We produced seed stocks in the 2010 winter nursery to enter low phytate TN09-239 to the 2010 USDA Southern Uniform Preliminary Test. The experiment was planted at 12 field trial sites in 9 states, with 2 replications, throughout the southern region:  Rohwer, AR, Pine Tree, AR, Ullin, IL, McCune, KS, Pittsburg, KS, Queenstown, MD, Portageville, MO, Stoneville, MS, Plymouth, NC, Kinston, NC, Jackson, TN, and Warsaw, VA.  The multi-environment field test was used to gauge the agronomic and seed quality performance of TN09-239 relative to its recurrent parent commercial cultivar 5601T, in order to gauge commercial opportunity. The low phytate line TN09-239 was equivalent to its recurrent parent 5601T for seed protein concentration (405 g Kg-1 for TN09-239 vs. 403 g Kg-1 for 5601T), seed oil concentration (202 g Kg-1 for TN09-239 vs. 201 g Kg-1 for 5601T), reaction to soybean cyst nematode HG types 1.2.5.7 and 5.7, stem canker resistance score, flower, pubescence, and pod color, and days to plant maturity. However, the seed yield of the low phytate line TN09-239 (2,714 Kg ha-1) was 85% the yield of 5601T (3,185 Kg ha-1) and not at commercial yield levels. It was notable that TN09-239 (at 114 cm plant height) was significantly taller than 5601T (at 74 cm plant height). This contributed to higher plant lodging score and reduced seed yield in TN09-239.
 
Thus, we had to continue to use single nucleotide polymorphism (SNP) technology, specifically our confirmed molecular markers cq-Pha-001and cq-Pha-002, to select individual plant progenies with 100% accuracy for each of the two low phytate genes. We have used SNP markers this year to confirm that our most recent phytate lines are double homozygous recessive for the two alleles that express low phytate concentration in soybean seeds. These lines are BC5 derivatives of the high yielding recurrent parent commercial cultivar 5601T and donor low phytate line TN09-239, both developed by our program.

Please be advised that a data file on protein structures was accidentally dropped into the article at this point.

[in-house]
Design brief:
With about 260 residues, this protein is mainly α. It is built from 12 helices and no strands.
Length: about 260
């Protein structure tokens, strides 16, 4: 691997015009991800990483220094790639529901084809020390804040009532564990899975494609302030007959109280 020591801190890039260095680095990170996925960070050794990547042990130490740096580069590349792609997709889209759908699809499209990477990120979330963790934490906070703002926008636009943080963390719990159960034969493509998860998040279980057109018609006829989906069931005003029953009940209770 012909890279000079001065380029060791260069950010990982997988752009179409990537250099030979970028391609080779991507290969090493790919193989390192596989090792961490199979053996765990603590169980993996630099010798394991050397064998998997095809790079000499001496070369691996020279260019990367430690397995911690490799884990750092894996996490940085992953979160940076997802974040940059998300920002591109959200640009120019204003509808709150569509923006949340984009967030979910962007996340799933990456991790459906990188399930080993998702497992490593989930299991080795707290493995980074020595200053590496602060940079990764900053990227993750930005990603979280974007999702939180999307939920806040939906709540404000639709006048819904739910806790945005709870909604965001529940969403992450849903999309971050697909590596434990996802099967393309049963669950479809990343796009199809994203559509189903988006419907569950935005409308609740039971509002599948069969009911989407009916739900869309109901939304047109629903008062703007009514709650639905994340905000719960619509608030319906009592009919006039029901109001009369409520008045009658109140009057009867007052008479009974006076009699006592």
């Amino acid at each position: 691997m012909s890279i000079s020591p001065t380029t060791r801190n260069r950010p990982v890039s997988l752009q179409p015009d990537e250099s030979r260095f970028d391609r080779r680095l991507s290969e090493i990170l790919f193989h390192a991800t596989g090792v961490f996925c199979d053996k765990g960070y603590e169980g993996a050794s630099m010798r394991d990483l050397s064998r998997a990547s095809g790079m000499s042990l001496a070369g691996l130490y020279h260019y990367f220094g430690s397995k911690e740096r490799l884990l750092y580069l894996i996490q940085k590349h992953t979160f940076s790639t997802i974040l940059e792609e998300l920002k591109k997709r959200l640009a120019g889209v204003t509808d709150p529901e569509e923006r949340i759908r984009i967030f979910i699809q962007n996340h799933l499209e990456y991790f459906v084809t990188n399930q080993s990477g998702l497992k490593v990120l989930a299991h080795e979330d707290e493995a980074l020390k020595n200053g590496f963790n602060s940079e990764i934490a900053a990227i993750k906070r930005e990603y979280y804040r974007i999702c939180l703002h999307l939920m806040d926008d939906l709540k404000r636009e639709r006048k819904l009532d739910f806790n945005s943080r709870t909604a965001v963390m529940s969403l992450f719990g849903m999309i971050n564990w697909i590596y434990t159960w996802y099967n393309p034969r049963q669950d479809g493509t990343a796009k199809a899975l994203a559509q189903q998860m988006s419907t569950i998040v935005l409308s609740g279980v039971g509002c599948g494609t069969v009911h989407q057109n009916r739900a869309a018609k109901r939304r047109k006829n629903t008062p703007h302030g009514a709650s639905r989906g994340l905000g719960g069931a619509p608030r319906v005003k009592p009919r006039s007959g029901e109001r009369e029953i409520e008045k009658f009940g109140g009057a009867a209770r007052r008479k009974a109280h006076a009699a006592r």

The BC5 derived lines 56CX-1273 and 56CX-1283 have as common parents 5601T and our donor low phytate line TN09-239.  We had speculated in the past that TN09-239 was segregating at the Dt1 locus on chromosome 19 (LGL) where the dominant form of that locus has the indeterminate growth habit. The two genes for low phytate were introgressed originally from the indeterminate line CX 1834-2, and one of the genes (Pha-002) resides on LG L, approximately 18 cM from the Dt1 locus. Selection for that low phytate locus likely brought along the dominant form of the relatively close Dt1 locus. The indeterminate trait (Dt1) in a MG V soybean would lead to excessive plant height, contribute to lodging, and possibly reduce yield. The fifth backcross that we performed to the recurrent parent 5601T was done specifically to harvest BC5F2 single plants that appeared determinate (dt1dt1), and to increase recovery of the parent genome 5601T.  Both 56CX-1273 and 56CX-1283 demonstrated a determinate growth habit in our yield trial, which likely contributed to their increased yields. Breaking the genetic linkage between the indeterminate trait and the second low phytate locus was an important milestone accomplished this year.
 
A major goal of this project was to develop an environmentally and agronomically superior soybean variety with low seed phytate.  Towards that aim, we now have developed two promising BC5 derived lines that are high yielding, determinate, and that continue to display high seed germination.  It also should be noted that both 56CX-1273 and 56CX-1283 were earlier in maturity than 5601T.
 
For 2013, we intend to test these two new lines, 56CX-1273 and 56CX-1283, in the Southern Uniform Quality Trait Test (MG V). The experiment will be planted in Stuttgart, AR, Kaiser, AR, Portageville, MO (clay), Portageville, MO (loam), Knoxville, TN, Blacksburg, VA and Warsaw, VA.  This past year in 2012, we conducted a yield trial in Knoxville, TN, and Milan, TN, for 10 of our most promising BC5 low phytate lines and data analyzed from this test showed that two of our low phytate lines, 56CX-1273 and 56CX-1283, yielded at 97% and 96%, respectively of 5601T, their recurrent parent and high yielding commercial cultivar. This is a noteworthy accomplishment, because experimental lines bred for the low phytate trait typically do not yield as high as lines bred directly for yield. An important goal of this project is to remedy the yield limitations of low phytate soybean, and we were encouraged by the yield performance of these two lines in our test. We now will be able to increase seeds for further tests of seed quality and performance.
 
 
North Carolina State University